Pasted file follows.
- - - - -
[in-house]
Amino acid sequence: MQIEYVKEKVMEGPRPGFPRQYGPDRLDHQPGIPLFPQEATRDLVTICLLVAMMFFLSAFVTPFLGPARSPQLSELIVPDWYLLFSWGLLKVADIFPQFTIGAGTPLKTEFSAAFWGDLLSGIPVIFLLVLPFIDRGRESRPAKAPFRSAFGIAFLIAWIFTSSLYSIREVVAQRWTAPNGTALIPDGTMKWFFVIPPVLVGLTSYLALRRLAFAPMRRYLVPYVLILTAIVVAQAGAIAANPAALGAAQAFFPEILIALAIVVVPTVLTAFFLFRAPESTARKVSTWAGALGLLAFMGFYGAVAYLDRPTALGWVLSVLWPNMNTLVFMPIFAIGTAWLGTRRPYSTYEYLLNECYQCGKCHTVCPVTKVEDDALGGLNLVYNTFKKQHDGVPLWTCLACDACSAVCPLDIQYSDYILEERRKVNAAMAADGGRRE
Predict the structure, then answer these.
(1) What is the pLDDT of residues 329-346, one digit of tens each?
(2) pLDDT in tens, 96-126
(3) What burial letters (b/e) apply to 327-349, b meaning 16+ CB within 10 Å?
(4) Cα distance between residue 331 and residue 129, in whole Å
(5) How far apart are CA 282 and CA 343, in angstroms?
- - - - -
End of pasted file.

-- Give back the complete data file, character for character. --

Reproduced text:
[in-house]
Amino acid sequence: MQIEYVKEKVMEGPRPGFPRQYGPDRLDHQPGIPLFPQEATRDLVTICLLVAMMFFLSAFVTPFLGPARSPQLSELIVPDWYLLFSWGLLKVADIFPQFTIGAGTPLKTEFSAAFWGDLLSGIPVIFLLVLPFIDRGRESRPAKAPFRSAFGIAFLIAWIFTSSLYSIREVVAQRWTAPNGTALIPDGTMKWFFVIPPVLVGLTSYLALRRLAFAPMRRYLVPYVLILTAIVVAQAGAIAANPAALGAAQAFFPEILIALAIVVVPTVLTAFFLFRAPESTARKVSTWAGALGLLAFMGFYGAVAYLDRPTALGWVLSVLWPNMNTLVFMPIFAIGTAWLGTRRPYSTYEYLLNECYQCGKCHTVCPVTKVEDDALGGLNLVYNTFKKQHDGVPLWTCLACDACSAVCPLDIQYSDYILEERRKVNAAMAADGGRRE
Predict the structure, then answer these.
(1) What is the pLDDT of residues 329-346, one digit of tens each?
(2) pLDDT in tens, 96-126
(3) What burial letters (b/e) apply to 327-349, b meaning 16+ CB within 10 Å?
(4) Cα distance between residue 331 and residue 129, in whole Å
(5) How far apart are CA 282 and CA 343, in angstroms?